A novel dendroecological procedure was developed to elucidate canopy disturbances spanning a >300-yr period for oak (Quercus) forests of central Pennsylvania. Running comparisons of sequential 10-yr ring-width averages may effectively neutralize both short-term (i.e., drought) and long-term growth trends associated with climate while enhancing detection of abrupt and sustained radial-growth increases characteristic of canopy disturbance. Thinning-response studies revealed the conservative tendencies of overstory oak, with substantial basal area reductions (> 1/3) required to attain moderate and consistently detectable growth increases. Based on empirical evidence, a minimum growth-response threshold of 25% was established to depict Canopy disturbances. This is in contrast to the 50-100% sustained radial-growth release often used to detect disturbance using understory trees in closed forests. Our default threshold was adjusted higher as necessary for those trees highly correlated to climatic trends (as represented by the Palmer drought severity index). Canopy disturbances detected with this dendroecological approach were further substantiated using tree-recruitment data (age cohorting). By coupling these data sets, we estimated return intervals of standwide disturbance from 21 yr in presettlement times (prior to 1775) and during heavy Euro-American exploitation (1775-1900) to 31 yr in modern times (after 1900). Although disturbance periodicity remained stable between presettlement and early post-settlement (exploitation) eras, the mode of disturbance shifted from mainly natural (wind and fire) to anthropogenic forces (intense harvesting for Charcoal production), based on the historical record. In the process, presettlement oak-pine (Pinus)chestnut (Castanea) forests on ridges were rapidly converted to young coppice stands of oak and chestnut. The reduction of harvesting and fire events COupled with the eradication of chestnut by blight this century have allowed these coppice stands to mature into oak-dominated forests that exist today. This analytical technique for ascertaining disturbance histories holds much potential and should be considered for use with mature, overstory trees in other forest types with appropriate modifications.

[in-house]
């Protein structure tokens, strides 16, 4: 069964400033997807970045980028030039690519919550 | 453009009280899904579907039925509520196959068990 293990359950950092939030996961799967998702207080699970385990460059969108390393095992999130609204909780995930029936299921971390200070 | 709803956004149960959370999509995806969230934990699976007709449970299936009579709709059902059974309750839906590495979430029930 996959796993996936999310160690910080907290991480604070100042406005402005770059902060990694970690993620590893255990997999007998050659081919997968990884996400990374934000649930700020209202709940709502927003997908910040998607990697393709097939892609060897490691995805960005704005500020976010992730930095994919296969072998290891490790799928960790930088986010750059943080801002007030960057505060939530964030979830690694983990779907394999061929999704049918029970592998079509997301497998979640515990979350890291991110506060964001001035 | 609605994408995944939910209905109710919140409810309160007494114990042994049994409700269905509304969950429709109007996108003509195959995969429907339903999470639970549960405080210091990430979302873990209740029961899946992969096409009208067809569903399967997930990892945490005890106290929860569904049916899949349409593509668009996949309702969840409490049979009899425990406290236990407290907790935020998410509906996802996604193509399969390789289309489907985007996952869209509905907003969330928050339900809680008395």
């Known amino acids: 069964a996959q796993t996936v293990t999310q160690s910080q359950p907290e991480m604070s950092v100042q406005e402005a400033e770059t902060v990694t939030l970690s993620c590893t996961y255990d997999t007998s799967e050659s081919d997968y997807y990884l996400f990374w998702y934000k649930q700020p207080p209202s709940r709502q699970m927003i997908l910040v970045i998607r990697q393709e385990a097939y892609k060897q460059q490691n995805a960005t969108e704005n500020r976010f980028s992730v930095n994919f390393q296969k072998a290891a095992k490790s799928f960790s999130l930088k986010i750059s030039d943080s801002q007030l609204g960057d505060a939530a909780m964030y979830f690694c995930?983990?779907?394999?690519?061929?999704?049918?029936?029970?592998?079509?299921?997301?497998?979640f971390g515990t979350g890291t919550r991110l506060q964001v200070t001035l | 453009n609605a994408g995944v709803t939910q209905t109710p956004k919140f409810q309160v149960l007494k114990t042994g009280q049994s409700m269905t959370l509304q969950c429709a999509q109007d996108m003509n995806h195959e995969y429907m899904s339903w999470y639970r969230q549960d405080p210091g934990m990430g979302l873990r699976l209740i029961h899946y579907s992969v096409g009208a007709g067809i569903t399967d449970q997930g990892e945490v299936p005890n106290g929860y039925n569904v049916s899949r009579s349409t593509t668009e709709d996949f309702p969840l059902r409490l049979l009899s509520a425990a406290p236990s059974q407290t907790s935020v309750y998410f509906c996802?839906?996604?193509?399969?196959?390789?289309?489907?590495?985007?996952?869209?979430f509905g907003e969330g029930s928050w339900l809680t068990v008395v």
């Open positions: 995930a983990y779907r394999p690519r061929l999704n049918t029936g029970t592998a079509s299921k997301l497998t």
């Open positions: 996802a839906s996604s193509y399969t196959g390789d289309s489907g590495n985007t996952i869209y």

|Original language||English (US)|
|Number of pages||25|
|State||Published - May 1997|
All Science Journal Classification (ASJC) codes
- Ecology, Evolution, Behavior and Systematics